The few who know that I personally host my own email servers in house always seem to be baffled as to why. Common responses are “what do you have to hide” or “why bother, Gmail is so easy.” Well, not that I have anything to hide but my basic principle on all things technology is I like to own my own data. Furthermore, with laws like the ECPA with rules as highlighted below, you should see why.
In its current form, ECPA protects emails from government snooping for 180 days. When the law was initially drawn up in 1986, email providers routinely removed emails from their servers a month or two after they were delivered; users would generally download the messages they intended to keep. Whatever remains on an email server after 180 days is fair game for government to access, with just a subpoena—not a warrant.
I highly doubt the day will ever come that my email records need to be searched. However, I want to be notified and have some control over the process. Who knows if Gmail will even notify you when handing over documents. But as long as government agencies are specifically requesting warrantless searches, I will host my own data for as long as I can.
The FTC claims to be a champion of consumer privacy, yet the agency wants access to Americans’ data without a warrant,” said Berin Szoka, president of TechFreedom, a technology think tank. “The Commission’s testimony today confirms long-standing rumors that it will only support ECPA reform if it gets a carve-out from the bill’s warrant requirement.
Now I will say this, for any of you who are not too familiar with running an email server of any flavor it’s hard — really hard. There are many caveats that come with running your own email server. You will be the sysadmin, and the only one at that. You are responsible for the maintenance and updates of your machine, applying critical updates (especially security ones) are well, critical. Also, if you screw up and your server is compromised you could end up with a blacklisted domain. If that happens, say good-bye to ever using your domain for email again.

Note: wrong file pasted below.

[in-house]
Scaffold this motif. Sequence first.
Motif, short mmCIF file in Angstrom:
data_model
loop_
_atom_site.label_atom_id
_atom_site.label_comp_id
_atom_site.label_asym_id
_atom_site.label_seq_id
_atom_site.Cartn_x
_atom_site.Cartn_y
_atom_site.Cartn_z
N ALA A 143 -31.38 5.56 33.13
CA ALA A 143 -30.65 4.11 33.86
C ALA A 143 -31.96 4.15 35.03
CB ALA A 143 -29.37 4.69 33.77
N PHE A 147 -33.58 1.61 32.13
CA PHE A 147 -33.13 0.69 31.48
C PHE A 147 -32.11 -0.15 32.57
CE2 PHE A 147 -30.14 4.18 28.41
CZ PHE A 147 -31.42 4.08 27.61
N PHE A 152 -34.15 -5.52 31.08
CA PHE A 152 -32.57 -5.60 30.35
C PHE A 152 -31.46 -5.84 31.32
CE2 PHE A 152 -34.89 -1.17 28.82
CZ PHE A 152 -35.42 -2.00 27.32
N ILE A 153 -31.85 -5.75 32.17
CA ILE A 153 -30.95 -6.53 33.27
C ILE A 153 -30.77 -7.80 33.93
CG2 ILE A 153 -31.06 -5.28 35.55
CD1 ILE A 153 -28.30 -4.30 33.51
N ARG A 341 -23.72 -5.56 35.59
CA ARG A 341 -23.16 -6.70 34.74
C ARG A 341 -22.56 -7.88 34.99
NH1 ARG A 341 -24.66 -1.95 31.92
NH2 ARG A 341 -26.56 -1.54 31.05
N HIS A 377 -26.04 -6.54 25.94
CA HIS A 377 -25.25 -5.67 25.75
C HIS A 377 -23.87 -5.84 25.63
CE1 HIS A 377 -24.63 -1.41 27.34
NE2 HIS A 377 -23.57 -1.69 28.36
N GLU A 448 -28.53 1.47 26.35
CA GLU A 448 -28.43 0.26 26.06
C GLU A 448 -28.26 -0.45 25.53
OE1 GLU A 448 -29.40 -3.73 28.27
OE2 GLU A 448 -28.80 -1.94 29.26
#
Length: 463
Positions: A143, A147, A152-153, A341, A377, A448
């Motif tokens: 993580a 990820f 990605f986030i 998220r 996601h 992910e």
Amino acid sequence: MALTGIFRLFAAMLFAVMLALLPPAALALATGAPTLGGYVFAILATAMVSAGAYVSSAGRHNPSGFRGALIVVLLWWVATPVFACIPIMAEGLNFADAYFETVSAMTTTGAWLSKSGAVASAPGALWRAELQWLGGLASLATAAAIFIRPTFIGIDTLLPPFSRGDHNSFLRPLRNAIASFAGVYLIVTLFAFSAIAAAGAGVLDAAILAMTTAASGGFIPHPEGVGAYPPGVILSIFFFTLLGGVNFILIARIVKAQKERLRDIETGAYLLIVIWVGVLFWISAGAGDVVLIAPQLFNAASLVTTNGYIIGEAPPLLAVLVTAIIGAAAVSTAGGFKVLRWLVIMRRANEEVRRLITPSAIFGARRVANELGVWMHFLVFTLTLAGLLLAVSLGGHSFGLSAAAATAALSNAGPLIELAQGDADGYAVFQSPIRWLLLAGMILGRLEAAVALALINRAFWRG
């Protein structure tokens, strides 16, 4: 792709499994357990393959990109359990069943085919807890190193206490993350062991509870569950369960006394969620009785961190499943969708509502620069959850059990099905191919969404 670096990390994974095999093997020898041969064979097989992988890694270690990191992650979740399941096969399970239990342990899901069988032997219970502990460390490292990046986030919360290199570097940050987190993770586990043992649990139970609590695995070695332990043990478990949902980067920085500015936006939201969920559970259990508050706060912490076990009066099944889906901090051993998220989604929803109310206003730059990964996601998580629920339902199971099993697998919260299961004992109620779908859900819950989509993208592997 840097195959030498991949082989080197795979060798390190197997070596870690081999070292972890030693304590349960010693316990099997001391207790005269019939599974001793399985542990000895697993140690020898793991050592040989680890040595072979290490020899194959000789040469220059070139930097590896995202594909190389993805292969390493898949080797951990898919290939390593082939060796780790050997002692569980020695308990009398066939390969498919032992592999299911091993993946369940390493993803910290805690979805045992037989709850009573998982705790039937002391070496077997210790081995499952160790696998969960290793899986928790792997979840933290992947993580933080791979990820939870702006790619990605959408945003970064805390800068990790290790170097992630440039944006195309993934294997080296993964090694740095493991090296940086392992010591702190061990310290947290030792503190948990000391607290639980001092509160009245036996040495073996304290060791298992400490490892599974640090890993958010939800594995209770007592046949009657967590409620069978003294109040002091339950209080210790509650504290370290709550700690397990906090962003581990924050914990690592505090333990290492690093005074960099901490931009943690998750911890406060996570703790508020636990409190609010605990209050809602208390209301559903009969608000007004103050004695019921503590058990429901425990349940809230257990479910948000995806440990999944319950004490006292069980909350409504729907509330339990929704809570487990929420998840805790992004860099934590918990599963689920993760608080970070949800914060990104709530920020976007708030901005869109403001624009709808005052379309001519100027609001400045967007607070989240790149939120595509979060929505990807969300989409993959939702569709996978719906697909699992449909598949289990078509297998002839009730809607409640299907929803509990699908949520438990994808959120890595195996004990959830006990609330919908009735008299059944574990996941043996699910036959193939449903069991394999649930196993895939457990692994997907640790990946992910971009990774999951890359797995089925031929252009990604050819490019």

Another thing to consider if you are going to run your own personal server is the physical location. If you use a VPS or shared environment you are only as secure as the people who own the box. Also, in the above case I am fairly certain the request would still go to the VPS company. If you run your machine at home, you need to take physical security into account. Power, network security, disk encryption, as well as SSL are all important things to ensure you know your way around.
I wont go into much detail on my setup, but you can find a few tutorials here and here on how to run your own email server. Here is a quick idea of what I did though to give you an idea of what to do outside of the tutorials listed.
First, my machines are rack mount servers locked in a server rack located in an interior office in my house on it’s own AC unit with dedicated power and failover uplinks (internet.) When I say locked, I mean locked… The servers are locked into the rack, the rack is locked on all sides, the rack is bolted to the ground.
Second, I actually use a two part email system. The first is Sophos UTM with Email Protection. Sophos is not only a great Firewall, but it’s Email protection suite adds a ton of security features for filtering, threat protection, and one of my favorites — automatic encryption. This acts as my gateway to my email server. All email traffic (and the emails themselves) have to pass through this box before they reach my emails server. Once the Sophos machine has given it’s blessing, then and only then will it pass it on to my email server.
Third, I lock down how to access my emails — as tight as I can. What I mean by this is while I do use Roundcube as my web based email client. It is only available inside my private network. Furthermore, IMAP and other ports are not open which means that accessing your email on a smartphone is not quite as easy. This may be a bit over the top, but I require a VPN connection first to access my email.
Fourth, I don’t play around with WiFi security! My network uses dedicated HP ProCurve access points that are secured via WPA2 that require individualized credentials.
Lastly, I keep an eye on traffic… Nothing too crazy but I have monitors in my office that show network stats and performance. I use PRTG Network Monitor for individual server performance and Observium for overall network performance. PRTG is good about keeping a history of usage, so if a server all the sudden has a lot of extra traffic I can investigate.
This may all seem very over the top, and I will agree for a few users in a home network it probably is. However, it has been a great learning experience for me. Everything I have built around my network I did myself, I researched and made sure I did it the right way. I have learned more with hands-on experience in an environment where I can mess things up and start over than I ever did in a school lab or at work.
If you want to read the full article in which the excerpts were taken, please you can do so here: Agencies Say They Need Access to Americans’ Emails Without a Warrant.